The strategic planning and steering of a nonprofit organization does so much good. When my Mom was diagnosed with breast cancer, and after learning what I did on the Board at Martha’s Home, I couldn’t only donate blood in my Mom’s name anymore. I applied to be on the Board of Coffee Memorial in her honor.

Murphy going over the edge for Coffee Memorial Blood Center.

Murphy going over the edge for Coffee Memorial Blood Center.

2015 was supposed to be the year of “no,” but it quickly became the year of “yes.” I joined each of the other boards I currently serve on, and they all deal with many different causes I am passionate about. I am constantly learning so much. But six is my limit.  Pro-tip: If you don’t know your limit, your family will tell you (laughs).

Trabysh: Serving on six nonprofit boards obviously takes up a significant amount of time. Why do you feel it is important to serve the community in addition to your job? And how does your employer assist you in being able to provide outreach to so many parts of the community?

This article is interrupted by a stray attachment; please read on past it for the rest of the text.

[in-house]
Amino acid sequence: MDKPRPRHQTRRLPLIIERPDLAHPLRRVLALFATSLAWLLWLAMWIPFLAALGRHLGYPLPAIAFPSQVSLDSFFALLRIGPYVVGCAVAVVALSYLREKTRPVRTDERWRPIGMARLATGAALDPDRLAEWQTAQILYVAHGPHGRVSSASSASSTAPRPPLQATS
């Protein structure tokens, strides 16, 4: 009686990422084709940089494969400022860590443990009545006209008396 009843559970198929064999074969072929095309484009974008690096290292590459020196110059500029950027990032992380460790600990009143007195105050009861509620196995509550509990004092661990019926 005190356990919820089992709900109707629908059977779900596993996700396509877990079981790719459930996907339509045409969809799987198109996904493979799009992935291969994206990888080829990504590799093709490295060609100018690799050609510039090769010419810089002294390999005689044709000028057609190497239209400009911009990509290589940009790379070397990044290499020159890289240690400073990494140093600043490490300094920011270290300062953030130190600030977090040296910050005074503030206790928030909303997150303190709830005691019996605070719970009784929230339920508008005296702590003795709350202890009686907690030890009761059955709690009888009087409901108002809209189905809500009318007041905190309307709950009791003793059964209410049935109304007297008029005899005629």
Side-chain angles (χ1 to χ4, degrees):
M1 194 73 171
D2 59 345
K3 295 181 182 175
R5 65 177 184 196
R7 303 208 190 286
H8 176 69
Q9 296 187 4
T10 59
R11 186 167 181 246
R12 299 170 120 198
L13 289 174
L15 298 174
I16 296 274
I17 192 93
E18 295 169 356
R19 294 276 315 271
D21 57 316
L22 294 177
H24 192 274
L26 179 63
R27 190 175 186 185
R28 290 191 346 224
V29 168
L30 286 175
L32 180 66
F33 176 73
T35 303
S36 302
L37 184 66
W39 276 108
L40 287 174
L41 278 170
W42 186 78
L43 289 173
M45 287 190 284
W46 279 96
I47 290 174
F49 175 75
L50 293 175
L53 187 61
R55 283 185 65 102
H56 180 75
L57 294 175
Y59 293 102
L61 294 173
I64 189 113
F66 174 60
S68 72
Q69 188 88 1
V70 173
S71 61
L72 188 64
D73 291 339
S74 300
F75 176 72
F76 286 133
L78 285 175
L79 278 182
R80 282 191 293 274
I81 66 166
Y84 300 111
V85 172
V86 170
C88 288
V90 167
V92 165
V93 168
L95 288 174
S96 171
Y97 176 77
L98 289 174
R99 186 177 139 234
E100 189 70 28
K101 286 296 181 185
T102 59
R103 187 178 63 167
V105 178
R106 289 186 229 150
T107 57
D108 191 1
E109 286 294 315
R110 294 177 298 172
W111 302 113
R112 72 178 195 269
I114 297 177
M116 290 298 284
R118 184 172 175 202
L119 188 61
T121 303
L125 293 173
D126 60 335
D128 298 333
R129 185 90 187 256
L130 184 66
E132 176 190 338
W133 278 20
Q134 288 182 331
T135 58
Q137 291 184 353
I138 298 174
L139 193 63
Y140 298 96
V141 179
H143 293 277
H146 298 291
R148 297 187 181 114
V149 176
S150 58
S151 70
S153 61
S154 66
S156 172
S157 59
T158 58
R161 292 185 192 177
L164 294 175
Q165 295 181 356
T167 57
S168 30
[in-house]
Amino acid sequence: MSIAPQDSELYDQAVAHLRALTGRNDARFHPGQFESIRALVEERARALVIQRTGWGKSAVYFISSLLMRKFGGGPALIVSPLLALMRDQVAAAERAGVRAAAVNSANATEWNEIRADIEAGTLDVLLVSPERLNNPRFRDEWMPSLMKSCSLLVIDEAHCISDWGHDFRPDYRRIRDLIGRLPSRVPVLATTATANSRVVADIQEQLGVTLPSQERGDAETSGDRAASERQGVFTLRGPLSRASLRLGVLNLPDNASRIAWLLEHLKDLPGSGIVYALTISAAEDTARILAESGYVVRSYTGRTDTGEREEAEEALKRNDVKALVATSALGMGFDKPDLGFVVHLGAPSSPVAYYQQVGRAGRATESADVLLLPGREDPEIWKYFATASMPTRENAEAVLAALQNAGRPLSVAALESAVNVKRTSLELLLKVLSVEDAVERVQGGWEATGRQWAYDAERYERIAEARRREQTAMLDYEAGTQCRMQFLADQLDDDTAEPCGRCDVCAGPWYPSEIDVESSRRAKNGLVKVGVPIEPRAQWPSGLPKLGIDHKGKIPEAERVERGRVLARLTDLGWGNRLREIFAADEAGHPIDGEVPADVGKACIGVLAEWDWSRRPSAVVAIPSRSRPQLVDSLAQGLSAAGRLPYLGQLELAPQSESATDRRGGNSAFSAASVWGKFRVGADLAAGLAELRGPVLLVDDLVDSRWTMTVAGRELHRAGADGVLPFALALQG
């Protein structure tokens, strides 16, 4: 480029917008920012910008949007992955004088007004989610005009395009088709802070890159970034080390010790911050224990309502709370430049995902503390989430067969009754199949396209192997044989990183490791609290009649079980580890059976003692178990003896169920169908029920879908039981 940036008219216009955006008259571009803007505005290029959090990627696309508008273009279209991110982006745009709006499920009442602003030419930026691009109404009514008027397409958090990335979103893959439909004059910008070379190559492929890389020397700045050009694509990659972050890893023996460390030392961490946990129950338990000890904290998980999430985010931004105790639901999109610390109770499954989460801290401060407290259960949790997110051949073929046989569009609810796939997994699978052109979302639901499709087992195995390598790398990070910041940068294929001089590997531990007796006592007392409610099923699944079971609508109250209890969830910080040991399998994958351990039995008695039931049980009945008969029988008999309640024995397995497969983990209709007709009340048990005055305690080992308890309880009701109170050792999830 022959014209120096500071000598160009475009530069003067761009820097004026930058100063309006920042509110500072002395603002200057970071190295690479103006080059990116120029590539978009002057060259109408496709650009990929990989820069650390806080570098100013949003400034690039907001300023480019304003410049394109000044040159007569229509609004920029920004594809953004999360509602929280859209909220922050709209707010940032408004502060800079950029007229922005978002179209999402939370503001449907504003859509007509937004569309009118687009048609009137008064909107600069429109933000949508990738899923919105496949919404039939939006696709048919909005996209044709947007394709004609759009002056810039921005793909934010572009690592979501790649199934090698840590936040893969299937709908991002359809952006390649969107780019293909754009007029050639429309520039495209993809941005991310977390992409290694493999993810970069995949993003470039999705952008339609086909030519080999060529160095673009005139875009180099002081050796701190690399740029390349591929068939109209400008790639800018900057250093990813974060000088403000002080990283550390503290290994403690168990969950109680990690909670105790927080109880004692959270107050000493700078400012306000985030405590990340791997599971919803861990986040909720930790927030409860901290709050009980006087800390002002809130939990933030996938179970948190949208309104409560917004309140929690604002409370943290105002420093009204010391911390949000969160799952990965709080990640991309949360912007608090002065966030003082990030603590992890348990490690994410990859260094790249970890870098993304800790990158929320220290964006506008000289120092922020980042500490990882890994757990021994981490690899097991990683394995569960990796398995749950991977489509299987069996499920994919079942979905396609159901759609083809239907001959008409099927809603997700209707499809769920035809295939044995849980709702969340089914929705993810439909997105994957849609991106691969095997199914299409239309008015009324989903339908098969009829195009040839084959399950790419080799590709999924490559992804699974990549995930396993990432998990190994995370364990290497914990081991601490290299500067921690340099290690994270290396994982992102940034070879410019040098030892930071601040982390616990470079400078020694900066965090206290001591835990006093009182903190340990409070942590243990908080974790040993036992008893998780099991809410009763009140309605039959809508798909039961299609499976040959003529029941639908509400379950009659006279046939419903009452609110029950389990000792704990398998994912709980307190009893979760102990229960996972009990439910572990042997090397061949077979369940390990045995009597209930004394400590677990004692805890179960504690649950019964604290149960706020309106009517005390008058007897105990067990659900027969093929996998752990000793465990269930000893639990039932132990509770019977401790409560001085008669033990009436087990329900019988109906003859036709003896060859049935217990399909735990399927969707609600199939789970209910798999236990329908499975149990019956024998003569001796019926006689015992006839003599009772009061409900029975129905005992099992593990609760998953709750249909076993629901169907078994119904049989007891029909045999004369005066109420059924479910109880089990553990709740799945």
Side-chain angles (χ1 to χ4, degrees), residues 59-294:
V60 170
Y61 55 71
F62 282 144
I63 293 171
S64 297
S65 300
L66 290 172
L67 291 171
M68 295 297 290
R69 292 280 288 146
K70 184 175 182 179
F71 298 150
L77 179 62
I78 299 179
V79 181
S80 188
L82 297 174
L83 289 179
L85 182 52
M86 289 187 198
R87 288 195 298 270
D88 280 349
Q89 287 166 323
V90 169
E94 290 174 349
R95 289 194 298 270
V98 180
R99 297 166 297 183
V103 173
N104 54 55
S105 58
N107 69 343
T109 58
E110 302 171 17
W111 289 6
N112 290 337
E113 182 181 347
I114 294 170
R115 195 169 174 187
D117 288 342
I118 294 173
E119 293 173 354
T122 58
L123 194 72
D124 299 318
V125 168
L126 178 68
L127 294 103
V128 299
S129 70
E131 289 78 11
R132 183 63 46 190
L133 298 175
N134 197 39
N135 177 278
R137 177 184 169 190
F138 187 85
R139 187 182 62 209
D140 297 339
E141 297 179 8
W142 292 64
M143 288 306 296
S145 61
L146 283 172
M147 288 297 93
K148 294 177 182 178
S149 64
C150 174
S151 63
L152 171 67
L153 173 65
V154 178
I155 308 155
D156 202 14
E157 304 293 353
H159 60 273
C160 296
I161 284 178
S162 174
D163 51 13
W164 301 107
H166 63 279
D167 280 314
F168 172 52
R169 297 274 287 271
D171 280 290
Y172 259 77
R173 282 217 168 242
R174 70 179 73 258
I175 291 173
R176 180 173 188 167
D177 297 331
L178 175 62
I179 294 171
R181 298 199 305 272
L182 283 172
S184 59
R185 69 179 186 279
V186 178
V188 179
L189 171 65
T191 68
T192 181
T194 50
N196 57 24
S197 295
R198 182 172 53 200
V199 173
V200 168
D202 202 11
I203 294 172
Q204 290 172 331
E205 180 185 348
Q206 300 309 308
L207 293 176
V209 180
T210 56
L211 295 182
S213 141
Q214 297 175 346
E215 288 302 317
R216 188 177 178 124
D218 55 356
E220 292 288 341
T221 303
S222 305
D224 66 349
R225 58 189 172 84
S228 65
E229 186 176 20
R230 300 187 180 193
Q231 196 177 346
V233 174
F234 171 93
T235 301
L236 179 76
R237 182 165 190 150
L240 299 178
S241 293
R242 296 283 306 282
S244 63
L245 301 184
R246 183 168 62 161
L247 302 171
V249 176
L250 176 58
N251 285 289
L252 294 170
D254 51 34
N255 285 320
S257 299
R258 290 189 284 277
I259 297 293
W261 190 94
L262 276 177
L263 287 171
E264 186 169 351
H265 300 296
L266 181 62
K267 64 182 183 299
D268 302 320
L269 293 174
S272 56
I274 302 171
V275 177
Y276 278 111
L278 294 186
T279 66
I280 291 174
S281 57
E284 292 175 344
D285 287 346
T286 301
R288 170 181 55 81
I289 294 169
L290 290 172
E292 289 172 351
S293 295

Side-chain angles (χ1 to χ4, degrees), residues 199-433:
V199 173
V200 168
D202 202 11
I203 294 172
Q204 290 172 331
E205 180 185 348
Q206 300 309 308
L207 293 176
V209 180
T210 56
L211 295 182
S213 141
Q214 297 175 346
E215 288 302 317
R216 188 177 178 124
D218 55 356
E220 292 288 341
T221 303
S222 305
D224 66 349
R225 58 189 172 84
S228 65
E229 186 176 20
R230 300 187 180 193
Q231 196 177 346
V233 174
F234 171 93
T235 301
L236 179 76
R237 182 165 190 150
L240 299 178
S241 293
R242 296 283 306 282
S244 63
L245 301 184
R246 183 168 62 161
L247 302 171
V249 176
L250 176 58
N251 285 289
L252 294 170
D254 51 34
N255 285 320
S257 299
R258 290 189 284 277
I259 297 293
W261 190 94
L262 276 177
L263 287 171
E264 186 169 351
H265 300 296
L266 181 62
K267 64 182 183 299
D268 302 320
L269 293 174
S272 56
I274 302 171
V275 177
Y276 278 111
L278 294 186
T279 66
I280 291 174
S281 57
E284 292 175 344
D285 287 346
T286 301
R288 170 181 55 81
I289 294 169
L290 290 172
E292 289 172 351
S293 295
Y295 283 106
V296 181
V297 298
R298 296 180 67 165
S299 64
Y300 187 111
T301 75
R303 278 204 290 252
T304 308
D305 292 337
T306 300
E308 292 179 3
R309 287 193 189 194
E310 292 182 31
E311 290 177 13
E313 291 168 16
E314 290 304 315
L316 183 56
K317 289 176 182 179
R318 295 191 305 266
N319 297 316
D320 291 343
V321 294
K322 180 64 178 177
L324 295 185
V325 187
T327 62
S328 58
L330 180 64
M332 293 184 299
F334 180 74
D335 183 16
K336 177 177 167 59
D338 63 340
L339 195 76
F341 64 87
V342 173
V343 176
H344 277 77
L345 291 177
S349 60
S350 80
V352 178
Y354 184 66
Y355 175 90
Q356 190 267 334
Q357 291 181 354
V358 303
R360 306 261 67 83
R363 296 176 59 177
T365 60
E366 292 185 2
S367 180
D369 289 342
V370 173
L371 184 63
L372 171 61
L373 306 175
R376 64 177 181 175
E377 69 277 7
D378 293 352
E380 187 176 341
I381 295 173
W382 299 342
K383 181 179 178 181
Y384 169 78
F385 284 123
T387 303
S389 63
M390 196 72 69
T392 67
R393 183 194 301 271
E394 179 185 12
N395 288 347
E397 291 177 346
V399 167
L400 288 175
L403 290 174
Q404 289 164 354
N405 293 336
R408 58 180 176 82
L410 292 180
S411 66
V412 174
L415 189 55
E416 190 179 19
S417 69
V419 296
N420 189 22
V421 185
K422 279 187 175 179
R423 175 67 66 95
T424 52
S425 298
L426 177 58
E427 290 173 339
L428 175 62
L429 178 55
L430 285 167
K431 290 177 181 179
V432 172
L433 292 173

Murphy: There’s just so much more out there to do other than your job. I grew up in the Sleepy Hollow area but applied to be a part of the magnet program at Sam Houston in middle school. I witnessed obvious class division and many differences from what I was accustomed to seeing on my side of town. I learned to love people as people. I just have a servant’s heart.

The Credit Union is incredibly supportive of the benevolent aspect of my personality. They are flexible and allow me to attend board meetings and events during the work day. They also monetarily support nonprofits organizations I am on the board of. The Credit Union supports all of the boards and causes our management team is involved with. They truly believe in the work each member of the management team does for our community and support our efforts.

In 2013-2014 I was given the opportunity to go through Leadership Amarillo and Canyon with my son. The Credit Union sponsored my training and sponsored my son’s, too. They normally sponsor training for a few employees and students in the community. It was really cool not only to receive the training, but to bond that way with my son doing something so profound and then be able to credit the experience to my employer.